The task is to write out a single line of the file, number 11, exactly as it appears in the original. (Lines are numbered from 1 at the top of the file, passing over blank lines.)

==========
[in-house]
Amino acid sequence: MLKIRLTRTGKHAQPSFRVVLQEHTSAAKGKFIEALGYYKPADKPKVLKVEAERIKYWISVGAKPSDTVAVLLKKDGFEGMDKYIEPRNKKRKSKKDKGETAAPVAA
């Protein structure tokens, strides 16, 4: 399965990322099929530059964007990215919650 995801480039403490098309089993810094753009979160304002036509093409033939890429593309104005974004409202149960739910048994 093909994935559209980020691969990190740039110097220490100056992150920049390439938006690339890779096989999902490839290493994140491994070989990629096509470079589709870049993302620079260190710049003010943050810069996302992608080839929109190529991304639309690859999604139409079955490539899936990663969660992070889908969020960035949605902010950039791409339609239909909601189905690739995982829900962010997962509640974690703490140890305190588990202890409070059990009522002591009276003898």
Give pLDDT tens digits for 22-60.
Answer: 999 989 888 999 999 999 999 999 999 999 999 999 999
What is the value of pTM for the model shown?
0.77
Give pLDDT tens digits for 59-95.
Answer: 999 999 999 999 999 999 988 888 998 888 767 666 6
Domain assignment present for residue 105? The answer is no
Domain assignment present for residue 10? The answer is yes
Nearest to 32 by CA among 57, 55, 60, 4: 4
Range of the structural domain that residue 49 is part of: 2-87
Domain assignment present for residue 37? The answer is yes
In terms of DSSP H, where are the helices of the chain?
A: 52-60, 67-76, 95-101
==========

Domain assignment present for residue 10? The answer is yes